Hello. I am an adult female from the US.
Ever since I can remember, which is three years old, I’ve nightmares. They got so bad that, as a kid, not anymore, that I was cursed or something.
When puberty started, these dreams have started to get more and more messed up and real. Sometimes I used to believe them to be reality and spend what seems like years in what can be called literal Hell. Now I know that they aren’t it seems that even though I know I am dreaming and trying my best to wake up, I spend years in what I know to be a fake world.
This fake world can be many things. Like something as outlandish as the zombie acopolyse to being framed for murder and wasting away in a cell for the rest of my life. And usually all my family and friends always die. So that’s fun.
This, of course, messes up my sleeping. With the fact I often either start sleepwalking or get sleep paralysis. It is very hard to go to sleep out of pure fear. And that fear might be what is making the nightmares become worse and worse.
Sometimes these happen when dreams aren’t supposed to happen either. Usually dreams happen after hours of sleep, some of these are only after an hour. And that’s weird too. Might be caused be insomnia too.
I’ve tried lucid dreaming, but that does not work. Does not stop me from trying. Something, anything, to escape this.
So far I’ve lived out my life way over 100 times and I am getting tired of having no control over my situation. There has to be some way to stop this. Because this isn’t normal. And it is seriously screwing over my life. I am way too jaded for an eighteen year old.There’s Something Very, Very Off with My Dreams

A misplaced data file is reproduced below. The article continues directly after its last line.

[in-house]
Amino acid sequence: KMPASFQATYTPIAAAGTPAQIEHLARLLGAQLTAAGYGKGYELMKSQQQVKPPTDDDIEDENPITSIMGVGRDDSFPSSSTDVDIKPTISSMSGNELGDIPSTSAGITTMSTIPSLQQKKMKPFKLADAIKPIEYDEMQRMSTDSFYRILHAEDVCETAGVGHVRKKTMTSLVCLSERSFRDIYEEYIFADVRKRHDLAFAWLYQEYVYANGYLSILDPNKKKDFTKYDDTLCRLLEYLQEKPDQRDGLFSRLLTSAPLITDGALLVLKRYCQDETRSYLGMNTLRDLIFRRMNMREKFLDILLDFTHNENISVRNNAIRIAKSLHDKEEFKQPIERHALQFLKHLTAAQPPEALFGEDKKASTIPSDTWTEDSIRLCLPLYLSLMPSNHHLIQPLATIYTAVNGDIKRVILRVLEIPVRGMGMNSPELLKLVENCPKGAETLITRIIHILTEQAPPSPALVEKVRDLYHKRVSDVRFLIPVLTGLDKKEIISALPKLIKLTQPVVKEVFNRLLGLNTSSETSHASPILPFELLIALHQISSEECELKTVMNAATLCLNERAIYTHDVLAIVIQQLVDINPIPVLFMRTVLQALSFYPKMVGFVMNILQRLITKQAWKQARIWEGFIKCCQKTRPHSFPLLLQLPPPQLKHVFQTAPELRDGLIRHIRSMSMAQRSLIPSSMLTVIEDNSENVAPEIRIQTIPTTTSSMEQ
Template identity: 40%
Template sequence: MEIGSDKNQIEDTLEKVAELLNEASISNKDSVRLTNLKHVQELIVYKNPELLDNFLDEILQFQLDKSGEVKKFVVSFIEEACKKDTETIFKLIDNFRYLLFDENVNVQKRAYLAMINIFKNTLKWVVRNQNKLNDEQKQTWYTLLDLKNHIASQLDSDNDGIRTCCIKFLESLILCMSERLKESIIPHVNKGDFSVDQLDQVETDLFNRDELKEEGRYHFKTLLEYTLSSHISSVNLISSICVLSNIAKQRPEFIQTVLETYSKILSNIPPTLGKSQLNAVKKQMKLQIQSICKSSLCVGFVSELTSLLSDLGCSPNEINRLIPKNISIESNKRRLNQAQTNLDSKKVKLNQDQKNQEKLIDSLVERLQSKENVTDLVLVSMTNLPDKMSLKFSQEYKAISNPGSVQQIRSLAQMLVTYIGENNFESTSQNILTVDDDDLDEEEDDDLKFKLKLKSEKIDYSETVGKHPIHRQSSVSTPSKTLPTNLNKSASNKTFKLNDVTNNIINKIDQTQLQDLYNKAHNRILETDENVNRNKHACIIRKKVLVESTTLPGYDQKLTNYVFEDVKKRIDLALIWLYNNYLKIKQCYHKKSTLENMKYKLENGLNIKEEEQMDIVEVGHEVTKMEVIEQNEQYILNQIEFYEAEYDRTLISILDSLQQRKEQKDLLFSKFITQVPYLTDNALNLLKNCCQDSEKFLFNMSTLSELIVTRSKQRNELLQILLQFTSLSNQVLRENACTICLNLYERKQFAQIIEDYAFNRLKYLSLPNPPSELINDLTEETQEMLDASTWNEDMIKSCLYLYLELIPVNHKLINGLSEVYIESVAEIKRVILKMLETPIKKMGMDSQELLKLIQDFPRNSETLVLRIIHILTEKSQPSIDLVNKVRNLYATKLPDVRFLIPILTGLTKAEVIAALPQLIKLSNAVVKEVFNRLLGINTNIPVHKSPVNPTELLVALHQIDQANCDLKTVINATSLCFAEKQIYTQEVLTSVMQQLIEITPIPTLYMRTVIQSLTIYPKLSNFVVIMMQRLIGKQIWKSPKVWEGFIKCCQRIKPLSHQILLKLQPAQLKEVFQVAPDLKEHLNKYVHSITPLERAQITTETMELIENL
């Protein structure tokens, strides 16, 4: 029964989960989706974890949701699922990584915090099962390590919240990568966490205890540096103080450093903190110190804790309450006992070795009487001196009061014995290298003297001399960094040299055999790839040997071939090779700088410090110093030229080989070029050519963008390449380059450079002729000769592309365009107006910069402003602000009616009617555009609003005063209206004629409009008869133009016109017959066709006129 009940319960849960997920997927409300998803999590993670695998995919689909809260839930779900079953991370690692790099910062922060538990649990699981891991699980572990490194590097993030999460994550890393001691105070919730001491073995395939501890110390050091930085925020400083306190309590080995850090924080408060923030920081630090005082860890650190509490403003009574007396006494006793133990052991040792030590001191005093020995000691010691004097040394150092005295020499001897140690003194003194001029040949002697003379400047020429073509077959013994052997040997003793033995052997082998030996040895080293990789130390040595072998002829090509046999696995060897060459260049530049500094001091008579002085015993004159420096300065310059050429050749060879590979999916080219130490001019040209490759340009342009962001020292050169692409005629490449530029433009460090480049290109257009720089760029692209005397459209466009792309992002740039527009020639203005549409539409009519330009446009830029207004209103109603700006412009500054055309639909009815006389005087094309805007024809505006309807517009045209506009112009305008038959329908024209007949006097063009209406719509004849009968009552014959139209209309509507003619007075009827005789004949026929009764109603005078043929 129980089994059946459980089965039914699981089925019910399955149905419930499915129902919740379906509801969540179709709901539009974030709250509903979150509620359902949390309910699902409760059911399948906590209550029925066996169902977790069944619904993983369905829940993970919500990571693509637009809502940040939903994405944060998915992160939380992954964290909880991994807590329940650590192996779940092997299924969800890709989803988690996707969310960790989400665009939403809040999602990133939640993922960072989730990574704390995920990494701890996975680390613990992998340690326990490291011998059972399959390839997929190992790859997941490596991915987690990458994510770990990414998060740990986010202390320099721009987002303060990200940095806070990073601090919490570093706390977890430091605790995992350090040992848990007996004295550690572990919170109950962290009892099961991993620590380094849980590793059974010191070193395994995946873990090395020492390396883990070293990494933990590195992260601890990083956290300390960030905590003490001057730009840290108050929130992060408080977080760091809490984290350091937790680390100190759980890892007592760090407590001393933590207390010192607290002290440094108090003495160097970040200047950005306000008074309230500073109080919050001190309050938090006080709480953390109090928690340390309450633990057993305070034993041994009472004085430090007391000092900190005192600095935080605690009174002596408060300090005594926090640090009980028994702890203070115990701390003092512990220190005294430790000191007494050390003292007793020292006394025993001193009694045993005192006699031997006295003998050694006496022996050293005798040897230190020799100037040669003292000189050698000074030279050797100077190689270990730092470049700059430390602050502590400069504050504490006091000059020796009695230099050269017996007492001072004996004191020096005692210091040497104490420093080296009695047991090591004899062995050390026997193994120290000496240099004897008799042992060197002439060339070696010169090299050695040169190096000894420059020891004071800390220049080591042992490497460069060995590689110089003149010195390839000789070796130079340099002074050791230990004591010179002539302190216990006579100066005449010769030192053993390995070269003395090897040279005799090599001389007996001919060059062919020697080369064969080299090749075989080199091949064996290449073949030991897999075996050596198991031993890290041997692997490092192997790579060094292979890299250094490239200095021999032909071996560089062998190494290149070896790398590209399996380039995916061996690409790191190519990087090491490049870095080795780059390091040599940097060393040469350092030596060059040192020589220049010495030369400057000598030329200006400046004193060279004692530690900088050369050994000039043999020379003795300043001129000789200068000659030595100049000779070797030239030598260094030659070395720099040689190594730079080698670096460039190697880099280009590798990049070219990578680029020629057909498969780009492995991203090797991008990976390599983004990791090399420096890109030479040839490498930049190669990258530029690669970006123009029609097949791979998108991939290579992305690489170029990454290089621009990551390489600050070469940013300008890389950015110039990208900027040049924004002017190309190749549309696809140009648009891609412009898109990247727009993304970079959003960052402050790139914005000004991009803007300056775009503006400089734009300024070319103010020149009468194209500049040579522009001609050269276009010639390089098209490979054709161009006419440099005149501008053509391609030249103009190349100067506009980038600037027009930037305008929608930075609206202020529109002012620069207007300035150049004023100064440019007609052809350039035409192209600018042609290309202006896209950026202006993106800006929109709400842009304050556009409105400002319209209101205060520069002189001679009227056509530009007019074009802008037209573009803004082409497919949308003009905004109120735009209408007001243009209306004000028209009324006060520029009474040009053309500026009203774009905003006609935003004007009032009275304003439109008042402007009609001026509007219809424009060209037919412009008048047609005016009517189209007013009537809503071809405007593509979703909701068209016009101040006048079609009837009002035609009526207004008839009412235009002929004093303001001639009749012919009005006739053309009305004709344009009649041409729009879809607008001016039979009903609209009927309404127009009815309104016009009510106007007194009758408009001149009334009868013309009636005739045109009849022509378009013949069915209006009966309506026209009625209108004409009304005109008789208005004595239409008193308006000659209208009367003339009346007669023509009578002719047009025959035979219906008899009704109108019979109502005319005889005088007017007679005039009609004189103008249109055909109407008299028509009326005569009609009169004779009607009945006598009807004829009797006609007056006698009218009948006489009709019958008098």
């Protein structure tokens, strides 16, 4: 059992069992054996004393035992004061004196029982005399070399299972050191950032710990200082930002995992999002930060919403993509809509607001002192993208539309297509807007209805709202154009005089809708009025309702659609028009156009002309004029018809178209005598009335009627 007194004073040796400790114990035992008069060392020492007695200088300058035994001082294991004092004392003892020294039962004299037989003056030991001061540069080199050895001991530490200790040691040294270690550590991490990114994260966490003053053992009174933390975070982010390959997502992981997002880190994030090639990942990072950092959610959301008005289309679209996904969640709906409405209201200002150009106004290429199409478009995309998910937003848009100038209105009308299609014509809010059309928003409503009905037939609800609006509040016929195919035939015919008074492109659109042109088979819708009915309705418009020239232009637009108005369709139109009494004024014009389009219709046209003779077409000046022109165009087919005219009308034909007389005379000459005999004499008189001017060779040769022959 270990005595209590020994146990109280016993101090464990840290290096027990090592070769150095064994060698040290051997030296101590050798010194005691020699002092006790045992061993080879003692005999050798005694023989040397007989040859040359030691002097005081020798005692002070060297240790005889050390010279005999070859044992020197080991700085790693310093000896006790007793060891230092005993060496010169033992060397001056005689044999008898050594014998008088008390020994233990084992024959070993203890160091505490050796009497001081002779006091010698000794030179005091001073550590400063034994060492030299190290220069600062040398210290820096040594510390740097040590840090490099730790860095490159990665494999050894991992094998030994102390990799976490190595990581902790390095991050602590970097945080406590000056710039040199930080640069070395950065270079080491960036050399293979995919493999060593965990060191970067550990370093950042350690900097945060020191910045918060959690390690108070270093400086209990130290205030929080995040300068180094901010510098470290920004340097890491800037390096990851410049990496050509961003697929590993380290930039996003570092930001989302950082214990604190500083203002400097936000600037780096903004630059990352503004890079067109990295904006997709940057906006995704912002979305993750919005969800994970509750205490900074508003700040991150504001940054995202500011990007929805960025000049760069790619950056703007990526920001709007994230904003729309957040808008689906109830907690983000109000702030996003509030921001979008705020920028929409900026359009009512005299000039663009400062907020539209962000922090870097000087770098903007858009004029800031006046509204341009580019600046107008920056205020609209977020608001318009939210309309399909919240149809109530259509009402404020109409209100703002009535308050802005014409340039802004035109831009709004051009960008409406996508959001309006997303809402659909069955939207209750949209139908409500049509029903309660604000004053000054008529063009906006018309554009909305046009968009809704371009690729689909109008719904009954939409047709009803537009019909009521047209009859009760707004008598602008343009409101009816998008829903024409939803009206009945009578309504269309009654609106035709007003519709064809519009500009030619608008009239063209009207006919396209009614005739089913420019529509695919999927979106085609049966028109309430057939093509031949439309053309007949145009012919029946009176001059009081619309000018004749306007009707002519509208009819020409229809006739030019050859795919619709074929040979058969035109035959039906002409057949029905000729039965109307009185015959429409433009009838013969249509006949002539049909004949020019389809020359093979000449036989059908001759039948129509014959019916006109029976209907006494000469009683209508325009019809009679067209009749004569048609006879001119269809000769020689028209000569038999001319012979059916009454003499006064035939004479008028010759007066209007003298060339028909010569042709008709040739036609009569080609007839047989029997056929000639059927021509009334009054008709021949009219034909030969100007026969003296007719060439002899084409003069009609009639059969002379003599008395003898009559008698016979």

Occasional nightmares are normal and common but frequent ones, that significantly disrupt your sleep and ability to function, are not. It’s possible that you have an REM sleep disorder. Further evidence of a potential sleep disorder is your sleepwalking and sleep paralysis.
Nightmares are also associated with posttraumatic stress disorder, underlying psychological problems, and certain medications: narcotics, barbiturates and alcohol. An evaluation could rule these out as potential causes.
I would highly recommend that you undergo a sleep study. Treatment might involve medication and or psychotherapy treatment, depending upon your diagnosis. Psychotherapy might be particularly useful in correcting the psychological aspects of disrupted sleep. Utilize the website sleepeducation.org to find a facility near you or ask your primary care physician for a referral to a sleep specialist.
Sleep is an important aspect of psychological health. Without it, it can be difficult to function and maintain a stable mood. Once you have had a sleep study, you will have a better idea about what might be wrong and most importantly, how to treat it. Good luck and please take care.
Dr. Kristina Randle